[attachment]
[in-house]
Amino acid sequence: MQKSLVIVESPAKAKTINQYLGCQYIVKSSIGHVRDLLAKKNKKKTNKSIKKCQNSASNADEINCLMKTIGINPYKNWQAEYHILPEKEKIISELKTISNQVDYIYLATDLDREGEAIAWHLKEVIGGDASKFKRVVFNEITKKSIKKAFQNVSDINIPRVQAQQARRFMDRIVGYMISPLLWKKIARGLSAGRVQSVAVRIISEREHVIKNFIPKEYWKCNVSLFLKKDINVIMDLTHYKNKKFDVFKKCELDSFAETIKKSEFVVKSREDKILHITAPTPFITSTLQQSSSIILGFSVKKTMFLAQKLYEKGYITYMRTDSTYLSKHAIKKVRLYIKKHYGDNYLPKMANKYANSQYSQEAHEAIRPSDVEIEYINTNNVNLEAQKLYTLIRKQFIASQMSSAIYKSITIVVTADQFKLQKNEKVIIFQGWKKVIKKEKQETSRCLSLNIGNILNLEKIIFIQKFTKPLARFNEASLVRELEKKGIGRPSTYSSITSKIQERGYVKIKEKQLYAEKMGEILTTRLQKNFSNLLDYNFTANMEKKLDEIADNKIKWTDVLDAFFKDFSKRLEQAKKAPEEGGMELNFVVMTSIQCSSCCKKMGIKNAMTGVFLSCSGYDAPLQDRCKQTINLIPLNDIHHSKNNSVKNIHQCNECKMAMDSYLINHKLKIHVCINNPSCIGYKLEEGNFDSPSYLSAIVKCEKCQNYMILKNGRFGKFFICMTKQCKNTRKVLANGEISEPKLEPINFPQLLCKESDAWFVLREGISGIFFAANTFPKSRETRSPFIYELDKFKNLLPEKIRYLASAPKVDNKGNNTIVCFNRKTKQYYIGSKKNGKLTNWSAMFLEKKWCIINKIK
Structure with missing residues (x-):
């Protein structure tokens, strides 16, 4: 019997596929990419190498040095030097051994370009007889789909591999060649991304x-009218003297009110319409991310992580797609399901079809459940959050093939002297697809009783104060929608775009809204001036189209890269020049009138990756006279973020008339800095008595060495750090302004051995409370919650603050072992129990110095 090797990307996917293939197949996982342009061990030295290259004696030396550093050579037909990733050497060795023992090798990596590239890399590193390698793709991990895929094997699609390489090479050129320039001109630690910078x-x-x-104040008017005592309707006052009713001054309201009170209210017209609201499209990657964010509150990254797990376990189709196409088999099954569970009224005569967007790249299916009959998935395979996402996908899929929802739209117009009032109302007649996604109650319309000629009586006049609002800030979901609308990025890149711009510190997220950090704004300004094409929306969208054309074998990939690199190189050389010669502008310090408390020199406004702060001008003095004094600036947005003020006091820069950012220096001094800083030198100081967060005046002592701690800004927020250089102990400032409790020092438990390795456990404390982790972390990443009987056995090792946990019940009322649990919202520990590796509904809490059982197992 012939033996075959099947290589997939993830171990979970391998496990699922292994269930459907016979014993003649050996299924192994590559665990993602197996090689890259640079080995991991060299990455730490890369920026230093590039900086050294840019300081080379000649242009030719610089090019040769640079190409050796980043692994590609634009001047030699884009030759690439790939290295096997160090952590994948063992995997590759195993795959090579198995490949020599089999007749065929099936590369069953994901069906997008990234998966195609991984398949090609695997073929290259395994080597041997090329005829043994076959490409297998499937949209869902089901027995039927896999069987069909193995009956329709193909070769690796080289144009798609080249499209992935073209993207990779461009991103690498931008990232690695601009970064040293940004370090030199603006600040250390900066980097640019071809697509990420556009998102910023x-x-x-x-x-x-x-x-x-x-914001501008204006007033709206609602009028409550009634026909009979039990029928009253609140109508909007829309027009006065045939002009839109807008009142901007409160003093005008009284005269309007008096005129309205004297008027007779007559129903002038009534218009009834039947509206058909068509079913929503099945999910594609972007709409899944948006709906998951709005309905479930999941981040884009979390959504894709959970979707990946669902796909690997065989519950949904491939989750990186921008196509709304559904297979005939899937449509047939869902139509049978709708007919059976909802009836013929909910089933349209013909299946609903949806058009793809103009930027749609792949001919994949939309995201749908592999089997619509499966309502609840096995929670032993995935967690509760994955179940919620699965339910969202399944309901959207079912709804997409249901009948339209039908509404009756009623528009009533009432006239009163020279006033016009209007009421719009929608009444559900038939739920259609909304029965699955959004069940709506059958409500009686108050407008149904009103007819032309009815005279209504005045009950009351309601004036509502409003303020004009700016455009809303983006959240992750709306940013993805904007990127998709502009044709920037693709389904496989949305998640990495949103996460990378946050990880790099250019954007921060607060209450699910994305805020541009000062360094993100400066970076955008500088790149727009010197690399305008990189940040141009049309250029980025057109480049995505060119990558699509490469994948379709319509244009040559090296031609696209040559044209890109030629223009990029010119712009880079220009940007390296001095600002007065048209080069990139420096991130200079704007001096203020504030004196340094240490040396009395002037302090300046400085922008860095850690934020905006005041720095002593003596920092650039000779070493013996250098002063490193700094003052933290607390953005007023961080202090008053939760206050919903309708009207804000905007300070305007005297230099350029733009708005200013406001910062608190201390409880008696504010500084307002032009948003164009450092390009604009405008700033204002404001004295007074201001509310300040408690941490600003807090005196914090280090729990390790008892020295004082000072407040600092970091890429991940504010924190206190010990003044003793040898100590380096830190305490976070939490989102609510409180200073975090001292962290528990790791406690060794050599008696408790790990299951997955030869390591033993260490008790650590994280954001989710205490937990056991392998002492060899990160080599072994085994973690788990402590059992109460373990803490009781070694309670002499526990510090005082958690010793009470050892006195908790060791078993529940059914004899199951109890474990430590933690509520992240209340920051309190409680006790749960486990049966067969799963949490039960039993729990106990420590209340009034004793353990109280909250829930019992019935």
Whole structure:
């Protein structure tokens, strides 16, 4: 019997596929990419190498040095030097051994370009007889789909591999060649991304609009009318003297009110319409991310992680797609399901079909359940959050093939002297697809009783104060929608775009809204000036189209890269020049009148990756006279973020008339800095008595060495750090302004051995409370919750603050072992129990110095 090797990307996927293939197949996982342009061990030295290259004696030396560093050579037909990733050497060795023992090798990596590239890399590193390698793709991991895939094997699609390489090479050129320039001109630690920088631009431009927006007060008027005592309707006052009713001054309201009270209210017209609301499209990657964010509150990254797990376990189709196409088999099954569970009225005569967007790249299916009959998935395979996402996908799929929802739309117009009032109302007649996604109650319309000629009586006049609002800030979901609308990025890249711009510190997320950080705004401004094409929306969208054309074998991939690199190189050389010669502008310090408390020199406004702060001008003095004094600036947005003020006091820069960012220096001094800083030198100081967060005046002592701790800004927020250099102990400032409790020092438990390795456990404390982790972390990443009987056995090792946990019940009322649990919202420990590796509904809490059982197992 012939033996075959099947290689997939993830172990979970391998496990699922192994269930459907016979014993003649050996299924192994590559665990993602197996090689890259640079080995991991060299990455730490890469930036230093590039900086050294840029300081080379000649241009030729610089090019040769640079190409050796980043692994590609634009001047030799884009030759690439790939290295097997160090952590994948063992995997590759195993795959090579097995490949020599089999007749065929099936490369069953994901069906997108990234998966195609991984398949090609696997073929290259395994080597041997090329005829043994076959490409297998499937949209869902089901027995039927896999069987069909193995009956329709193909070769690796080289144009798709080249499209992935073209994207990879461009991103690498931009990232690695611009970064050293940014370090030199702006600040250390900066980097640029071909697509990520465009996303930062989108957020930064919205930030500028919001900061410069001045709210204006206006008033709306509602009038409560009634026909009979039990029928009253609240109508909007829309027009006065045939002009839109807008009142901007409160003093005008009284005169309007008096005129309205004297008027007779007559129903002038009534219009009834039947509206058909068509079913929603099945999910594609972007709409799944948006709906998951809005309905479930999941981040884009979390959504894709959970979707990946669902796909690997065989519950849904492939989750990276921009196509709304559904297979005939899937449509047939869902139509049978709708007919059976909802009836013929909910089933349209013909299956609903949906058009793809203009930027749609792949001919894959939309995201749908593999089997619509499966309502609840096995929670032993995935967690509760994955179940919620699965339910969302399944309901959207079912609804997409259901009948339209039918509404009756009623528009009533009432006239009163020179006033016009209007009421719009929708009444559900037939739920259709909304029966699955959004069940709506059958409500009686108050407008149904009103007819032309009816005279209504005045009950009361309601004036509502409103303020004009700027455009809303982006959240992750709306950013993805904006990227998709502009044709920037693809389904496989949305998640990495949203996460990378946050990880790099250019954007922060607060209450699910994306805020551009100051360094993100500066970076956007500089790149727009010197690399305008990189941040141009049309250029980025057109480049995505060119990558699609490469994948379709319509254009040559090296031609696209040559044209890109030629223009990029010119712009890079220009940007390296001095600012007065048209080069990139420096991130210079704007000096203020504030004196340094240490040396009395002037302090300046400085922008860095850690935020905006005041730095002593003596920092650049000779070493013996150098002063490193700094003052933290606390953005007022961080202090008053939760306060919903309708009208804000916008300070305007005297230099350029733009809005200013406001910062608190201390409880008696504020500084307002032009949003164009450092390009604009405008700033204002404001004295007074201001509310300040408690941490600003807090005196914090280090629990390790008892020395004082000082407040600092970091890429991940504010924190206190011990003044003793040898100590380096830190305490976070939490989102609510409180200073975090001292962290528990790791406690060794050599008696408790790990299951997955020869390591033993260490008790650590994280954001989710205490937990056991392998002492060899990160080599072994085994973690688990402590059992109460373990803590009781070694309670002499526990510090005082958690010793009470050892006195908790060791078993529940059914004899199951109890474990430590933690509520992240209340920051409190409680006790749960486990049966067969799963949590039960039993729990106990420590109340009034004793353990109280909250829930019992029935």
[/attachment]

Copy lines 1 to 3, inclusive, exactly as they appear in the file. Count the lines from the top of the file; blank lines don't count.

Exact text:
[in-house]
Amino acid sequence: MQKSLVIVESPAKAKTINQYLGCQYIVKSSIGHVRDLLAKKNKKKTNKSIKKCQNSASNADEINCLMKTIGINPYKNWQAEYHILPEKEKIISELKTISNQVDYIYLATDLDREGEAIAWHLKEVIGGDASKFKRVVFNEITKKSIKKAFQNVSDINIPRVQAQQARRFMDRIVGYMISPLLWKKIARGLSAGRVQSVAVRIISEREHVIKNFIPKEYWKCNVSLFLKKDINVIMDLTHYKNKKFDVFKKCELDSFAETIKKSEFVVKSREDKILHITAPTPFITSTLQQSSSIILGFSVKKTMFLAQKLYEKGYITYMRTDSTYLSKHAIKKVRLYIKKHYGDNYLPKMANKYANSQYSQEAHEAIRPSDVEIEYINTNNVNLEAQKLYTLIRKQFIASQMSSAIYKSITIVVTADQFKLQKNEKVIIFQGWKKVIKKEKQETSRCLSLNIGNILNLEKIIFIQKFTKPLARFNEASLVRELEKKGIGRPSTYSSITSKIQERGYVKIKEKQLYAEKMGEILTTRLQKNFSNLLDYNFTANMEKKLDEIADNKIKWTDVLDAFFKDFSKRLEQAKKAPEEGGMELNFVVMTSIQCSSCCKKMGIKNAMTGVFLSCSGYDAPLQDRCKQTINLIPLNDIHHSKNNSVKNIHQCNECKMAMDSYLINHKLKIHVCINNPSCIGYKLEEGNFDSPSYLSAIVKCEKCQNYMILKNGRFGKFFICMTKQCKNTRKVLANGEISEPKLEPINFPQLLCKESDAWFVLREGISGIFFAANTFPKSRETRSPFIYELDKFKNLLPEKIRYLASAPKVDNKGNNTIVCFNRKTKQYYIGSKKNGKLTNWSAMFLEKKWCIINKIK
Structure with missing residues (x-):